There were 84 standardised indicators in ten categories, which included economic growth and transformation, employment, poverty and inequality, social cohesion, education, and health. The data was sourced from government administrative datasets. The quality of this publication had improved substantially from the time that it was presented as a Sunday newspaper double-page spread. This year's publication would focus on readability, and would be available in both print and web versions, the latter with more detailed datasets.

The publication also set out some trends, including Gross Domestic Product (GDP). The 2011 year had not been an ideal period for economic development. GDP had picked up, but was on the downward slide again. The decline in growth through capital formation was worrying. The employment situation had not improved, and the numbers of unemployed had increased.

The DI Report also looked at formal housing, access to sanitation and the rollout of electricity. Data on sanitation was reliable, as the Department of Water Affairs was a trustworthy source. In relation to electricity, she noted that 94% of the population now had access to electricity, but the rollout of electricity had slowed down in comparison to the growth rate in 1994.

The Report also dealt with life expectancy, and despite showing a downward trend at one stage, there was now increased life expectancy, largely attributable to the rollout of Anti Retroviral medication (ARVs).
While there was a slowdown in the infection rate of HIV in the youth, there was an unfortunate increase in older women. The nature of the pandemic was changing. There was a decline in child and infant mortality, which was linked to the improvements in the health sector. Although the data had been disputed, the DPME was confident that it now was in possession of the right data. She said that it was also necessary that the data be published regularly.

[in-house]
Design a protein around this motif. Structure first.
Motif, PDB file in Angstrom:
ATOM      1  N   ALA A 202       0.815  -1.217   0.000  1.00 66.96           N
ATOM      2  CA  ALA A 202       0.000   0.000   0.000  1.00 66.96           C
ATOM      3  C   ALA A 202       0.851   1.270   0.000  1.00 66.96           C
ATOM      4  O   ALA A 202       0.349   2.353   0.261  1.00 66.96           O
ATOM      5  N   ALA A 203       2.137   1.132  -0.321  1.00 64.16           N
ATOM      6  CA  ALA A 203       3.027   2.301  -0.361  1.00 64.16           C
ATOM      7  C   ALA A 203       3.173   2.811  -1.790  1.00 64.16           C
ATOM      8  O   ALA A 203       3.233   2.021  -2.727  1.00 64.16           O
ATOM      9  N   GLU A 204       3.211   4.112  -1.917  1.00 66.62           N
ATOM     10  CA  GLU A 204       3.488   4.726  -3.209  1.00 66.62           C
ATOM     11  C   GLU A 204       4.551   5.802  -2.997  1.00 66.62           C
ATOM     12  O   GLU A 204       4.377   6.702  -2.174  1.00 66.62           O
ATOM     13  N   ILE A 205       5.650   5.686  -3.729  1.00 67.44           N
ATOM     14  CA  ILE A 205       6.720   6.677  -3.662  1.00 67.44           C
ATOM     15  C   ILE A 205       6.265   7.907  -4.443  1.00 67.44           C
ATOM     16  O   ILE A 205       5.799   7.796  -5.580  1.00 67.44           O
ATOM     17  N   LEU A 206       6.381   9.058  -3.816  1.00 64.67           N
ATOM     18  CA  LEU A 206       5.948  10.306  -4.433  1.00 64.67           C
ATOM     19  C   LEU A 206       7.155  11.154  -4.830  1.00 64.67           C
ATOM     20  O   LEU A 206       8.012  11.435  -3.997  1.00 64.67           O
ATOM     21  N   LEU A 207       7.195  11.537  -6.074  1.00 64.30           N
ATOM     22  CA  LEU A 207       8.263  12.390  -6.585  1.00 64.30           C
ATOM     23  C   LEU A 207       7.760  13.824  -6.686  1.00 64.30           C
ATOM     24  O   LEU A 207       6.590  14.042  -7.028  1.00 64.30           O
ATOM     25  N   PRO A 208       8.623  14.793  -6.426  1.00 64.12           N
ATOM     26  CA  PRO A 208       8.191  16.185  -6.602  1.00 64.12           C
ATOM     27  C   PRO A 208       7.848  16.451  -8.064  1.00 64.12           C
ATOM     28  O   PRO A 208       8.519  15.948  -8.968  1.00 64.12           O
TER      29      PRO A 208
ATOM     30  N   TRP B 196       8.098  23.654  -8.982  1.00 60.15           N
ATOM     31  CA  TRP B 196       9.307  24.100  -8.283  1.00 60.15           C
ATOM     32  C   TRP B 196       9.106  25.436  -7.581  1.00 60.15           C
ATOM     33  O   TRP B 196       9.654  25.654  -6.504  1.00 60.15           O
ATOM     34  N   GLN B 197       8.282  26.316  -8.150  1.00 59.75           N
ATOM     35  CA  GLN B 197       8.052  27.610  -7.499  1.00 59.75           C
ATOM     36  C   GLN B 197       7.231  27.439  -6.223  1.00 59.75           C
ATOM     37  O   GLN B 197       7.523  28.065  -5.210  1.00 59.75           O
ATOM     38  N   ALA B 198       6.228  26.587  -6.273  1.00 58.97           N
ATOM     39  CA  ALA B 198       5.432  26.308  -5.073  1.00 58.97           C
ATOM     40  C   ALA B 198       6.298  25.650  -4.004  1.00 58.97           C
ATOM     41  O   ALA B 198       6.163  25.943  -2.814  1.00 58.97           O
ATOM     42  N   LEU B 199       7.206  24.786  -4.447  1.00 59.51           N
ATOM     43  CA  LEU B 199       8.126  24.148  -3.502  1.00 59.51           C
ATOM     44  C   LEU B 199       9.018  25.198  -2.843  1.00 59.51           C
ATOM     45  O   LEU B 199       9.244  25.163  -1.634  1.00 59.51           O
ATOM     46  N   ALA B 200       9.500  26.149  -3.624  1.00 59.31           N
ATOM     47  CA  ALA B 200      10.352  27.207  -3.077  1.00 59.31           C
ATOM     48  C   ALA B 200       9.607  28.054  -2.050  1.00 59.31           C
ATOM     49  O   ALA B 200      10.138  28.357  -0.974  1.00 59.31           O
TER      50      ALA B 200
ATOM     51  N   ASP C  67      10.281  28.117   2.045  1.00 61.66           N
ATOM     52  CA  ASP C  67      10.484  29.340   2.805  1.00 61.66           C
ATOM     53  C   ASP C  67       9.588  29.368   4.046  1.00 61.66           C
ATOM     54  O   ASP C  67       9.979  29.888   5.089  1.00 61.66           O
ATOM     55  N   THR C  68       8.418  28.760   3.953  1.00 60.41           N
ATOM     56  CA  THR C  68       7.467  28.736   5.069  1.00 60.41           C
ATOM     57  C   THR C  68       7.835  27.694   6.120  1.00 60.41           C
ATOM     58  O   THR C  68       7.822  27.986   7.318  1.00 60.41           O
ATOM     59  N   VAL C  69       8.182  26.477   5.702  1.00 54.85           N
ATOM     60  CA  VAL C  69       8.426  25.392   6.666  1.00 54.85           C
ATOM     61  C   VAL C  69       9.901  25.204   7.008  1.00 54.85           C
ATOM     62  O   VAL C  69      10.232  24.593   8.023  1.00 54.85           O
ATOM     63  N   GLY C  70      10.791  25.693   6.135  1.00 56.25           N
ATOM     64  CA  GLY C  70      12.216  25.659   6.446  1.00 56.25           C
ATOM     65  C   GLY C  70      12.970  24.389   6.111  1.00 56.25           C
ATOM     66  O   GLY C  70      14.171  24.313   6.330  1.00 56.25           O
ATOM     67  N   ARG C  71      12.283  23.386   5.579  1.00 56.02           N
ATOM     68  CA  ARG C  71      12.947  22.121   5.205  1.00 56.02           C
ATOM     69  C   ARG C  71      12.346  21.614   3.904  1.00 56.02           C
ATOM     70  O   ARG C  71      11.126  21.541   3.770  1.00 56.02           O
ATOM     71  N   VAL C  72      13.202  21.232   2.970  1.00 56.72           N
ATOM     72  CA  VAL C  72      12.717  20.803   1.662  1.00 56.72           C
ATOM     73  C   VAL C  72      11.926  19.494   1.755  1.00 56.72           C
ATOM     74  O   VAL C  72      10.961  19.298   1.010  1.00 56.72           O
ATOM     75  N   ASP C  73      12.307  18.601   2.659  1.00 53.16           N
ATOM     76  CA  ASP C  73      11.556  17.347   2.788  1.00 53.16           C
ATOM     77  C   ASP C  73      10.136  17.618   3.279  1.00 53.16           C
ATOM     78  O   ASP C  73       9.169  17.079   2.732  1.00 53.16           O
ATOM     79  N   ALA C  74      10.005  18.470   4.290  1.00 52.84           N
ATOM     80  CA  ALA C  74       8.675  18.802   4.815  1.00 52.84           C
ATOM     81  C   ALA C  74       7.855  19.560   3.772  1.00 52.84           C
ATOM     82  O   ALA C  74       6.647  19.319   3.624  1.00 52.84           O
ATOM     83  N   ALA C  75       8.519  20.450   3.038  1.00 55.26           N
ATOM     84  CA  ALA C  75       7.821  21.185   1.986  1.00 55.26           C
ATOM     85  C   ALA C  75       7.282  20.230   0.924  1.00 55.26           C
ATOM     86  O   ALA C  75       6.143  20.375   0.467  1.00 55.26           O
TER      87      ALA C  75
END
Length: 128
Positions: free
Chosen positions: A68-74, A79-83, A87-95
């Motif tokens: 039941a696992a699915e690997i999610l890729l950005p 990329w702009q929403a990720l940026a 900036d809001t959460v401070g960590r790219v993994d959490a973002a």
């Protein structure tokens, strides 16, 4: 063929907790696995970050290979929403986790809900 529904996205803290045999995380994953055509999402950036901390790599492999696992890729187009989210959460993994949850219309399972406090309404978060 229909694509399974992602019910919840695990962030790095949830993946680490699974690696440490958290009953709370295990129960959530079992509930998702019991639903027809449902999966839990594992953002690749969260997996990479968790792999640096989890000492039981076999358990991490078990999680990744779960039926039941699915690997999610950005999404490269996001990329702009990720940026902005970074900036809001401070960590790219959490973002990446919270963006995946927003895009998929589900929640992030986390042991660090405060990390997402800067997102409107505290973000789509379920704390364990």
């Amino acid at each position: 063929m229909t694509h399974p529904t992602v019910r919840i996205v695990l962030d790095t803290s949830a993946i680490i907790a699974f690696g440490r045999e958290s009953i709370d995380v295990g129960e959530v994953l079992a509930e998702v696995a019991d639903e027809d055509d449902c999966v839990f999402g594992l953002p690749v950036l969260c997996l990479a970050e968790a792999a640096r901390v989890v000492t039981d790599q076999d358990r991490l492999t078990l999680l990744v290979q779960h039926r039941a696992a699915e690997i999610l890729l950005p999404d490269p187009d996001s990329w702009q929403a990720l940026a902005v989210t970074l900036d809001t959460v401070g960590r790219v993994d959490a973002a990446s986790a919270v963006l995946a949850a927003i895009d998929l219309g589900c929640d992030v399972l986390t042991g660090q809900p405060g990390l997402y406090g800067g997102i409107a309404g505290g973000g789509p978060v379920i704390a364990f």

The Report noted that South Africa had not established an improved culture of education, and that was as a result of the culture of management that impacted on school results. There was a negative view of social cohesion and the provision of basic services in the country. People were now identifying themselves more strongly by race and ethnicity than in the past, particularly the youth.

Discussion
Mr Ramatlakane sought clarity on the comment around identity and ethnicity, saying that it carried broader implications to the idea of national identity and social cohesion. He wondered if the common nation issue was not influencing social cohesion.

Ms Engela replied that the DPME merely published the data, but this did not mean that any of the officials were experts in the indicators. The DI Report was published to spark further debate, and to get people to start asking deeper questions. DPME had a group of researchers based at Wits University who were trying to understand the trends around social cohesion, and why young people chose to be classified by race and ethnicity, but the results were not yet known. There were interesting patterns around youth voting as well.

Mr Ramatlakane wanted to know what level of infant mortality might be considered as the norm, although he understood that these were indicators that formed part of the Millennium Development Goals (MDGs).

Ms Engela replied that she did not know the Organisation of Economic Cooperation and Development (OECD) norms, but did know that South Africa had been reported as performing poorly in comparison to the rest of the Southern African Development Community (SADC) region over the last four years.

Mr Swart commented that the decline in growth of fixed capital would have a negative effect on the amount of money being made available for infrastructure, and would also have an adverse effect on job creation. He asked if there was anything the Committee could do to resolve that situation.